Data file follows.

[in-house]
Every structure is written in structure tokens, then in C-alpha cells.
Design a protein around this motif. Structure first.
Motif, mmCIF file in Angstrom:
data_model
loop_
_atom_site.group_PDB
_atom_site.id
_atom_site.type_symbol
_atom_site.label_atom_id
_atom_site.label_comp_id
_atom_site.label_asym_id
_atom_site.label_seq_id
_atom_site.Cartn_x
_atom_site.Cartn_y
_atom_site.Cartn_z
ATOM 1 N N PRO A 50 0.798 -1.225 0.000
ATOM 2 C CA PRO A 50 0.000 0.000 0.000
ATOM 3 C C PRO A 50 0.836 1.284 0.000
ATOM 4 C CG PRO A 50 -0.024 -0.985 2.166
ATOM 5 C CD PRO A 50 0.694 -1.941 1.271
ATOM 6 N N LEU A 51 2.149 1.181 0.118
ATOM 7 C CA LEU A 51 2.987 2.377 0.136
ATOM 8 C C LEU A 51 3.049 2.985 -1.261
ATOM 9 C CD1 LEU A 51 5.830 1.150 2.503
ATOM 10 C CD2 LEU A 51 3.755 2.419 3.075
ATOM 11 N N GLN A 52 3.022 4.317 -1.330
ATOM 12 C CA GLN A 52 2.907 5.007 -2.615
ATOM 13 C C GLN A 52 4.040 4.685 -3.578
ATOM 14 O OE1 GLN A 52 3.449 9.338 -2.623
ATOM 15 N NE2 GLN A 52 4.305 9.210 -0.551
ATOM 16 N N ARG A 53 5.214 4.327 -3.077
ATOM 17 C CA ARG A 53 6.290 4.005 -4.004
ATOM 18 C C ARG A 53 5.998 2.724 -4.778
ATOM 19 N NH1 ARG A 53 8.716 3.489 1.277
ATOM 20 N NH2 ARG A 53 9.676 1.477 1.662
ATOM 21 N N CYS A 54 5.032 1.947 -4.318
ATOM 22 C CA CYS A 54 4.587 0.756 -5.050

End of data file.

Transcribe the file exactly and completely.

[in-house]
Every structure is written in structure tokens, then in C-alpha cells.
Design a protein around this motif. Structure first.
Motif, mmCIF file in Angstrom:
data_model
loop_
_atom_site.group_PDB
_atom_site.id
_atom_site.type_symbol
_atom_site.label_atom_id
_atom_site.label_comp_id
_atom_site.label_asym_id
_atom_site.label_seq_id
_atom_site.Cartn_x
_atom_site.Cartn_y
_atom_site.Cartn_z
ATOM 1 N N PRO A 50 0.798 -1.225 0.000
ATOM 2 C CA PRO A 50 0.000 0.000 0.000
ATOM 3 C C PRO A 50 0.836 1.284 0.000
ATOM 4 C CG PRO A 50 -0.024 -0.985 2.166
ATOM 5 C CD PRO A 50 0.694 -1.941 1.271
ATOM 6 N N LEU A 51 2.149 1.181 0.118
ATOM 7 C CA LEU A 51 2.987 2.377 0.136
ATOM 8 C C LEU A 51 3.049 2.985 -1.261
ATOM 9 C CD1 LEU A 51 5.830 1.150 2.503
ATOM 10 C CD2 LEU A 51 3.755 2.419 3.075
ATOM 11 N N GLN A 52 3.022 4.317 -1.330
ATOM 12 C CA GLN A 52 2.907 5.007 -2.615
ATOM 13 C C GLN A 52 4.040 4.685 -3.578
ATOM 14 O OE1 GLN A 52 3.449 9.338 -2.623
ATOM 15 N NE2 GLN A 52 4.305 9.210 -0.551
ATOM 16 N N ARG A 53 5.214 4.327 -3.077
ATOM 17 C CA ARG A 53 6.290 4.005 -4.004
ATOM 18 C C ARG A 53 5.998 2.724 -4.778
ATOM 19 N NH1 ARG A 53 8.716 3.489 1.277
ATOM 20 N NH2 ARG A 53 9.676 1.477 1.662
ATOM 21 N N CYS A 54 5.032 1.947 -4.318
ATOM 22 C CA CYS A 54 4.587 0.756 -5.050